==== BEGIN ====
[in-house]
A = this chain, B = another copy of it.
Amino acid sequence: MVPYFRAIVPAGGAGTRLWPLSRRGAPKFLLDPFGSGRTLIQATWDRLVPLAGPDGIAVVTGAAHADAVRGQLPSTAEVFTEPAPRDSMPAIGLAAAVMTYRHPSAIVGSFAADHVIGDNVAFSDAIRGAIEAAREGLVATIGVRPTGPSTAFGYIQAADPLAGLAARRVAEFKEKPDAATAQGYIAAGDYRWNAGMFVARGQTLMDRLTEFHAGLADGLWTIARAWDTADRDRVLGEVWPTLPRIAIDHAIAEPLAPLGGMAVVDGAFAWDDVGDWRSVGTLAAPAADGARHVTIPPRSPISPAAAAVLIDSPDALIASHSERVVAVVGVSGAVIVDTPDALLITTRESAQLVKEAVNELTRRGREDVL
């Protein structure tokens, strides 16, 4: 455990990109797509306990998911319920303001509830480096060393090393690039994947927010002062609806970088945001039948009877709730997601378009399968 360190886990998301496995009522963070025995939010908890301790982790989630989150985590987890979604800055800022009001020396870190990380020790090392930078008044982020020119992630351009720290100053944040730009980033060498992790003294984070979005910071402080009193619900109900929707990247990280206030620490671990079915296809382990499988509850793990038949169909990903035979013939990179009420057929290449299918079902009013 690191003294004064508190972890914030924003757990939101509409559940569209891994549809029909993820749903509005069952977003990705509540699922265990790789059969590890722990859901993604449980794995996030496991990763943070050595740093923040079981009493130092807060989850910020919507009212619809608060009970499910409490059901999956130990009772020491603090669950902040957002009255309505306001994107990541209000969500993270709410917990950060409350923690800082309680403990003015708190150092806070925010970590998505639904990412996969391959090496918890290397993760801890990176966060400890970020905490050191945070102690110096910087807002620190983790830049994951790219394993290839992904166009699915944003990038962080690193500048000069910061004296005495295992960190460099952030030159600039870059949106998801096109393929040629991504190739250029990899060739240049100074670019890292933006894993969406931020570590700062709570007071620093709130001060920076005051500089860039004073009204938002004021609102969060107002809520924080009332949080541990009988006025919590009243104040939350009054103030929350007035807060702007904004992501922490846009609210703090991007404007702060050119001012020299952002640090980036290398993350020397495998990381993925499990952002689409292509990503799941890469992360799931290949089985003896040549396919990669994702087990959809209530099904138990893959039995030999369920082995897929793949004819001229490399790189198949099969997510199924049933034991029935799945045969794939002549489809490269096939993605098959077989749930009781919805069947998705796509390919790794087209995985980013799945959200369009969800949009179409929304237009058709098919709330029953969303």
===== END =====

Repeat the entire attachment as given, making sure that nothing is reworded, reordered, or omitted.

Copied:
[in-house]
A = this chain, B = another copy of it.
Amino acid sequence: MVPYFRAIVPAGGAGTRLWPLSRRGAPKFLLDPFGSGRTLIQATWDRLVPLAGPDGIAVVTGAAHADAVRGQLPSTAEVFTEPAPRDSMPAIGLAAAVMTYRHPSAIVGSFAADHVIGDNVAFSDAIRGAIEAAREGLVATIGVRPTGPSTAFGYIQAADPLAGLAARRVAEFKEKPDAATAQGYIAAGDYRWNAGMFVARGQTLMDRLTEFHAGLADGLWTIARAWDTADRDRVLGEVWPTLPRIAIDHAIAEPLAPLGGMAVVDGAFAWDDVGDWRSVGTLAAPAADGARHVTIPPRSPISPAAAAVLIDSPDALIASHSERVVAVVGVSGAVIVDTPDALLITTRESAQLVKEAVNELTRRGREDVL
């Protein structure tokens, strides 16, 4: 455990990109797509306990998911319920303001509830480096060393090393690039994947927010002062609806970088945001039948009877709730997601378009399968 360190886990998301496995009522963070025995939010908890301790982790989630989150985590987890979604800055800022009001020396870190990380020790090392930078008044982020020119992630351009720290100053944040730009980033060498992790003294984070979005910071402080009193619900109900929707990247990280206030620490671990079915296809382990499988509850793990038949169909990903035979013939990179009420057929290449299918079902009013 690191003294004064508190972890914030924003757990939101509409559940569209891994549809029909993820749903509005069952977003990705509540699922265990790789059969590890722990859901993604449980794995996030496991990763943070050595740093923040079981009493130092807060989850910020919507009212619809608060009970499910409490059901999956130990009772020491603090669950902040957002009255309505306001994107990541209000969500993270709410917990950060409350923690800082309680403990003015708190150092806070925010970590998505639904990412996969391959090496918890290397993760801890990176966060400890970020905490050191945070102690110096910087807002620190983790830049994951790219394993290839992904166009699915944003990038962080690193500048000069910061004296005495295992960190460099952030030159600039870059949106998801096109393929040629991504190739250029990899060739240049100074670019890292933006894993969406931020570590700062709570007071620093709130001060920076005051500089860039004073009204938002004021609102969060107002809520924080009332949080541990009988006025919590009243104040939350009054103030929350007035807060702007904004992501922490846009609210703090991007404007702060050119001012020299952002640090980036290398993350020397495998990381993925499990952002689409292509990503799941890469992360799931290949089985003896040549396919990669994702087990959809209530099904138990893959039995030999369920082995897929793949004819001229490399790189198949099969997510199924049933034991029935799945045969794939002549489809490269096939993605098959077989749930009781919805069947998705796509390919790794087209995985980013799945959200369009969800949009179409929304237009058709098919709330029953969303």